JWR Articles: Film/DVD - Coach Carter (Director: Thomas Carter) - January 8, 2005
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Coach Carter

3.5 3.5
137 min.

Reviewed at the 2005 Palm Springs International Film Festival
Moralizing team-treatment stronger on court than off

“Winning in here is the key to winning out there.”

—Richmond High Oilers head coach Ken Carter

Having the courage of one’s convictions—and acting upon them—is a rare commodity in the world today. Making substantive change is nearly impossible in all manner of endeavour, but perhaps none more difficult than leading impressionable young men in disadvantaged neighbourhoods to a place where they can make informed choices and—too often literally—live to tell their stories.

In Coach Carter, director Thomas Carter (no relation), writers Mark Schwahn and John Gatins have taken the broad details of real-life coach Ken Carter (who, tellingly, was allowed on the set throughout the shooting) as he transformed the worst team in the intercity league to near state champions, producing a film that sizzles on the court, but loses heat in the sub-plots and back-story.

Samuel L. Jackson as Carter—the successful alumnus who reluctantly returns to his alma mater to teach his unwieldy charges that self-respect, hard work and discipline are the keys to success—is superb. His passion is apparent in every scene—particularly when he is forced to offer tough love to his much-improved team when they, collectively, fail to live up to their contractual obligations and score as well in the classroom as in their division. He locks them out of the gym then cancels practices and games until their grades improve.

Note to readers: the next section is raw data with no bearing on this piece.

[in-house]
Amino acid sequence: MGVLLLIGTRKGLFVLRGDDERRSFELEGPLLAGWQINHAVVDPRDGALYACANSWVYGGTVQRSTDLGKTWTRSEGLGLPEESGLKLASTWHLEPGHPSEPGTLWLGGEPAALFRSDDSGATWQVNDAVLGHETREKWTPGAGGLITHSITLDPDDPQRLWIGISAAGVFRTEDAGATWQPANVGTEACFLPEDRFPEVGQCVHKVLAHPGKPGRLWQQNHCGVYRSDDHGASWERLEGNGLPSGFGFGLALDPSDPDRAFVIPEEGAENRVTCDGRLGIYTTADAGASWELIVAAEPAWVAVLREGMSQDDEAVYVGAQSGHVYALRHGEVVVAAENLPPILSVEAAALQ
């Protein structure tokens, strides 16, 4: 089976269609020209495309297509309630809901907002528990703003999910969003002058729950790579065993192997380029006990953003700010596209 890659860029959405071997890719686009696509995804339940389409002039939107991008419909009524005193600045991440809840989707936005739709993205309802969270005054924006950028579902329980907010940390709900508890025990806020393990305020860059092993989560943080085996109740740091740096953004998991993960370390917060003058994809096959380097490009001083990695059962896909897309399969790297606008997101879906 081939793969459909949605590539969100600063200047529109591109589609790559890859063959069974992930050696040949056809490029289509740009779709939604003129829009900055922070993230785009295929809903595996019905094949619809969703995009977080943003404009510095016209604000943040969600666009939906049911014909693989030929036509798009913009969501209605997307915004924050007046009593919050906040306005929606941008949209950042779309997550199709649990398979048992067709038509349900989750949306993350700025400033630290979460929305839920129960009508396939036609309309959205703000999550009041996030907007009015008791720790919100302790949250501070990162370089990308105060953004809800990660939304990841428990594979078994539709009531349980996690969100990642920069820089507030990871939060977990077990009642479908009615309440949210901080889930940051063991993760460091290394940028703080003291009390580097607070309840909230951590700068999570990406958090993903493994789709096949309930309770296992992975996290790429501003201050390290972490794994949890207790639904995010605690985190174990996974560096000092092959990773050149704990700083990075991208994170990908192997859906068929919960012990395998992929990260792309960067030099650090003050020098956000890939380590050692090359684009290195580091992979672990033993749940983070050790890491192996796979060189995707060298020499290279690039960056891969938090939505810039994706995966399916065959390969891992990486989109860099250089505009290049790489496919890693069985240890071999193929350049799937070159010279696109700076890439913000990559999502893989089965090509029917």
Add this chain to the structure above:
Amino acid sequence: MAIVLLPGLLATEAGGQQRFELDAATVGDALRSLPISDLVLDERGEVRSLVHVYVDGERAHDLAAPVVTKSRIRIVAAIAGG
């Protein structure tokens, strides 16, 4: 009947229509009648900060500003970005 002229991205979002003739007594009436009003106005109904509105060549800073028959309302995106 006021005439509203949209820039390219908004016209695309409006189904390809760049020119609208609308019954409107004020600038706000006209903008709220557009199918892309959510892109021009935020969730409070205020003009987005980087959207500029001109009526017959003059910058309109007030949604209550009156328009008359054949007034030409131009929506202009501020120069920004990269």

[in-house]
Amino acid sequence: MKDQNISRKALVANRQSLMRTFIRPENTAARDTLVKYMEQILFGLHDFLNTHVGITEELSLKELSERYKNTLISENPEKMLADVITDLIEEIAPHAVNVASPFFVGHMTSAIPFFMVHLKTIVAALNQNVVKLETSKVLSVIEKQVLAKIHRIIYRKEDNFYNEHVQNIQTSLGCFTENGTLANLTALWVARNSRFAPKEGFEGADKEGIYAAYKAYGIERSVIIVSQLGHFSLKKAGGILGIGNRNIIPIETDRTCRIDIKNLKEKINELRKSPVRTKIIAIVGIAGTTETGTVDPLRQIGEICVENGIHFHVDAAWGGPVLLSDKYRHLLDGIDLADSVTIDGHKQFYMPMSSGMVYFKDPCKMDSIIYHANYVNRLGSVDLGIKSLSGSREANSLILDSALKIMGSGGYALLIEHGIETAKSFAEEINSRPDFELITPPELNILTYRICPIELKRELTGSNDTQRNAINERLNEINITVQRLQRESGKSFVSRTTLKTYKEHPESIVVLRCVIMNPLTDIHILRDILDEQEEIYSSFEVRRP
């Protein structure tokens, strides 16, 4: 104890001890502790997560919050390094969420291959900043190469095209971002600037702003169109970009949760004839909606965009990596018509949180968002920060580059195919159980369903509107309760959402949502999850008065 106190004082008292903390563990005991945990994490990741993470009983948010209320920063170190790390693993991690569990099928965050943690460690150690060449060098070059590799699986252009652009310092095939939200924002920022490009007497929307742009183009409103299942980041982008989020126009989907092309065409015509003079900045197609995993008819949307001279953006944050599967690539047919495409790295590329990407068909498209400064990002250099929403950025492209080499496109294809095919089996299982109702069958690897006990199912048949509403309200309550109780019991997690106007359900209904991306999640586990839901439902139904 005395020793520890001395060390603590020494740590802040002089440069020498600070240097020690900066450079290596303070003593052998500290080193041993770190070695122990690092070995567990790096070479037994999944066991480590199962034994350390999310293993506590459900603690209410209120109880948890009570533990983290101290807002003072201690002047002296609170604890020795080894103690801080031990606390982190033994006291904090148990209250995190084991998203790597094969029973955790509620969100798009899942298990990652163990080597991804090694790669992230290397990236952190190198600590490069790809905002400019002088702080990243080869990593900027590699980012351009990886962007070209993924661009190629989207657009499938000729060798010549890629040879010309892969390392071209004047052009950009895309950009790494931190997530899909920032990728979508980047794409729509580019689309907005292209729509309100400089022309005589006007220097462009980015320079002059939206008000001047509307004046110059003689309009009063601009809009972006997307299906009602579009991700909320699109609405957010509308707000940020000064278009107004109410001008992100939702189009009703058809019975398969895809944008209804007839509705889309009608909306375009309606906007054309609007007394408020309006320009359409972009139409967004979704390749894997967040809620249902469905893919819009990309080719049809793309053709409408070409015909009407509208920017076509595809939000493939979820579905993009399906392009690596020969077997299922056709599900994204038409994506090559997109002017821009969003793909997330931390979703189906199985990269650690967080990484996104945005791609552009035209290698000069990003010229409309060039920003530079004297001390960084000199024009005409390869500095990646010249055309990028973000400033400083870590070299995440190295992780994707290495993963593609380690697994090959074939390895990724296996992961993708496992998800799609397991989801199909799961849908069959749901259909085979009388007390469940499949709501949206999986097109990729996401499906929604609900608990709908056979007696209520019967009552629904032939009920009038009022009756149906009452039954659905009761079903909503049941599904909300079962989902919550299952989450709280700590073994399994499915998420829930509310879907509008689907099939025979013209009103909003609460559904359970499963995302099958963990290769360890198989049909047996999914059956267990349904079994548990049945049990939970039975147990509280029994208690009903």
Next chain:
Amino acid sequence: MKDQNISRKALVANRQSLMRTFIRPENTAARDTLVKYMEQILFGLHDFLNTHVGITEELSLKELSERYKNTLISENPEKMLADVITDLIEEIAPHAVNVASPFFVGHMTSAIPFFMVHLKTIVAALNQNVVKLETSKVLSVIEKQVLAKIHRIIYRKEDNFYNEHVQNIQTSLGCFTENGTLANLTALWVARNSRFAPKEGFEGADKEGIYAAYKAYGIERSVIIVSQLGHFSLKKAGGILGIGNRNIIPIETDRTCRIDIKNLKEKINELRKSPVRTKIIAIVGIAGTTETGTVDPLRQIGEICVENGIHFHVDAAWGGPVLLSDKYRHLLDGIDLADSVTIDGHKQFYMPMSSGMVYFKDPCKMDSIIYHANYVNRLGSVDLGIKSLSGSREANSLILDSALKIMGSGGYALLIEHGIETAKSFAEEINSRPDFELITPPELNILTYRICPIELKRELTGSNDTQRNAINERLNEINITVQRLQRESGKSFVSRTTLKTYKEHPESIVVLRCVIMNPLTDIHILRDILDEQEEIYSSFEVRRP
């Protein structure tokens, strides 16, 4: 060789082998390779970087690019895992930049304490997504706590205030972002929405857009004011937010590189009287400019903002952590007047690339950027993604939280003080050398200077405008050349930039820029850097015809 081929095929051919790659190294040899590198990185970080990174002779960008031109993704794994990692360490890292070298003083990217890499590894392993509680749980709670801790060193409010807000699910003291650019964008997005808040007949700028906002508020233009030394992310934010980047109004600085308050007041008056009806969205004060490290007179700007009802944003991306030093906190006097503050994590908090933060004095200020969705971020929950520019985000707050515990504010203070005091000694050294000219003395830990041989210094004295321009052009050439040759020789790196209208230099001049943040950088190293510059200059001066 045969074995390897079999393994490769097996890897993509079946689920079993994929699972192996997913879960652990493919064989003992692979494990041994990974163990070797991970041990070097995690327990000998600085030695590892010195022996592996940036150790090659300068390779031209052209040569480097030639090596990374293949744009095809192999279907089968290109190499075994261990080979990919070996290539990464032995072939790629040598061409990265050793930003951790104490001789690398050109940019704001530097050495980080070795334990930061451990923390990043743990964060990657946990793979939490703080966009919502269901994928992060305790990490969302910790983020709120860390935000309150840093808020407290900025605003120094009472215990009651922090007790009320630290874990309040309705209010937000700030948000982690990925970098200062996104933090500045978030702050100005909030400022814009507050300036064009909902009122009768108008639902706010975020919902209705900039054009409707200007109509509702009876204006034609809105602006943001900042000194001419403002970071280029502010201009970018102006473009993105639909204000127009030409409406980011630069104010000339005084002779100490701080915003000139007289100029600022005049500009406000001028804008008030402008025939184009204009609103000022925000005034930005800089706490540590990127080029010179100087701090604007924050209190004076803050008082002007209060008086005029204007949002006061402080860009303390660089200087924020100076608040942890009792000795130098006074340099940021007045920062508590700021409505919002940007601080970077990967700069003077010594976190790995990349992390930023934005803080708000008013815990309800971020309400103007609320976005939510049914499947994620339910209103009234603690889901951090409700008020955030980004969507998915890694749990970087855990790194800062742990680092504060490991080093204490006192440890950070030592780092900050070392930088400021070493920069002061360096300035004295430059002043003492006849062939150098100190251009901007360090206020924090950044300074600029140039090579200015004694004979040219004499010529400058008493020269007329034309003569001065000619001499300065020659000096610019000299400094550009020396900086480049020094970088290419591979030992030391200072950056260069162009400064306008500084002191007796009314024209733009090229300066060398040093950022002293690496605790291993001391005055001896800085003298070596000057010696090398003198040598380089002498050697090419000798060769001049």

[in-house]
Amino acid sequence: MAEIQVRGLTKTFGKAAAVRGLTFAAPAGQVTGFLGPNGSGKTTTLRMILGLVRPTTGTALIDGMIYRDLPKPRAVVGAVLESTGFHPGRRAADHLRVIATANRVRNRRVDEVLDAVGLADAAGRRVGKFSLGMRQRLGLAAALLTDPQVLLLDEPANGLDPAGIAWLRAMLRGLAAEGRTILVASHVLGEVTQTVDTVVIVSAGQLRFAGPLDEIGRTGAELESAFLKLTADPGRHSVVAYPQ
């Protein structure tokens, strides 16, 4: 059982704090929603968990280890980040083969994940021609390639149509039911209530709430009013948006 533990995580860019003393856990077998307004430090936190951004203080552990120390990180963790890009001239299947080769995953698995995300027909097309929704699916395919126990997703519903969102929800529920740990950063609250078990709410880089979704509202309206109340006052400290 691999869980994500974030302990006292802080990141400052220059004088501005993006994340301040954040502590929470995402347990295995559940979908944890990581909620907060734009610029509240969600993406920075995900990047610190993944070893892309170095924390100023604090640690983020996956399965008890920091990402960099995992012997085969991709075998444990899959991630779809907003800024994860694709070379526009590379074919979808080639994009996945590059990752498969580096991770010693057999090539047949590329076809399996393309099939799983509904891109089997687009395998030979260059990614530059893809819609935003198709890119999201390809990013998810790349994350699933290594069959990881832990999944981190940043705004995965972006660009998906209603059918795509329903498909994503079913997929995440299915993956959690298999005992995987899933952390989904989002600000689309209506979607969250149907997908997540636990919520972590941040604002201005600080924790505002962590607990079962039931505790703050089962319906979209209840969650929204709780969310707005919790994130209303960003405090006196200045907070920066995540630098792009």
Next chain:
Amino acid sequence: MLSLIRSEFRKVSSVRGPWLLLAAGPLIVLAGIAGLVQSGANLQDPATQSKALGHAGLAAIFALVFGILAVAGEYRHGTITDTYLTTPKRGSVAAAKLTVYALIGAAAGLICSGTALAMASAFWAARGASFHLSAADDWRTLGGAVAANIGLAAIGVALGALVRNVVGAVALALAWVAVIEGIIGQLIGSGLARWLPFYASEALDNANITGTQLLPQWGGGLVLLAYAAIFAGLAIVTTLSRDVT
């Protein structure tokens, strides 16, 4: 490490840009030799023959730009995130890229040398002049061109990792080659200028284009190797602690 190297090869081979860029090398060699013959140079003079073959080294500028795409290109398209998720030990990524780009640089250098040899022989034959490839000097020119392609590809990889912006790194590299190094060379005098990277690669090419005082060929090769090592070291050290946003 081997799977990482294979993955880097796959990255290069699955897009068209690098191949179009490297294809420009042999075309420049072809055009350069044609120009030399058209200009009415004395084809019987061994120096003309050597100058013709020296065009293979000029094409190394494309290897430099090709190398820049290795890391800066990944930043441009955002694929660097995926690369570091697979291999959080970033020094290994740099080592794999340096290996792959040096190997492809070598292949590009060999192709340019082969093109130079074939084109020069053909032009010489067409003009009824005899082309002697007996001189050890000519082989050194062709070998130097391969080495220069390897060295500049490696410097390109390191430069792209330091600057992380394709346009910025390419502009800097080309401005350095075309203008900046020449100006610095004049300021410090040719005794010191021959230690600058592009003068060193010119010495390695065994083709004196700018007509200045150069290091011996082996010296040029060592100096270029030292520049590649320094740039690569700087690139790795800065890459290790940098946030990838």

After much wrangling with parents and the school board (who prefer a winning team over academic improvement) the lockout is democratically ended, but Carter sticks to his principles and resigns. This sets up the film’s finest moment when the coach turns up at the gym to gather his belongings and, with a visage that would be cheered by James Baldwin, lifts up the broken chains that had served to force his charges to think, act and choose. But the subtlety of that wonderful moment was slightly diluted when Martin Luther King, Jr.’s picture slips into the frame as the team’s latest achievement is proclaimed “We got this [chance to play in the state championship].”

Then the film shifts back into high gear as cinematographer Sharon Meir and film editor Peter Berger brilliantly capture the magic, thrills and extraordinary talent of the fear-inspired players, putting their hearts and souls into the game.

The fourteen tracks including Hope,” “About the Game,” and “What Love Can Do,rldquo; musically mirror the action, adding considerably to the frenetic pace and message of possibility through choice.

Unfortunately, the accompanying story-threads tend to bog down the action rather than provide contrast between the games. The unexpected pregnancy of Kyra (Ashanti) is at first embraced by Kenyan (Rob Brown) but is soon mired down in the dichotomy of his chance for a scholarship and her “family first” instincts. A couple of unlikely props: Nike-branded baby shoes and a .99-cent store thong, confused more than confirmed the character of the potential parents. The drug culture story of bad boy Timo Cruz (Rick Gonzalez, whose wise-ass works best, the redemption somewhat saccharine) learns first-hand that he has more chance of being shot than making it to college. Carter’s family life, where his son Damien (Robert Ri’chard, whose slight physique seems a bit at odds with the towering hulks of his colleagues) abandons an upscale school to play for his dad’s perennial losers, cheered on by a mom (Debbi Morgan) whose character never has the chance to help reveal the inner workings of her husband.

When the final buzzer sounds, everyone discovers that winning isn’t everything, it’s in the doing. Yet that noble theme seems at odds with the closing credits where the “success” of the real-life players is touted only by their academic achievements, but cheered heartily (as were the game sequences) by the first-night audience. This leaves the uncomfortable presumption that the majority of players who weren’t listed failed; thus further enforcing the notion that to get ahead, only jumping through society’s hoops can be considered worthy benchmarks. JWR

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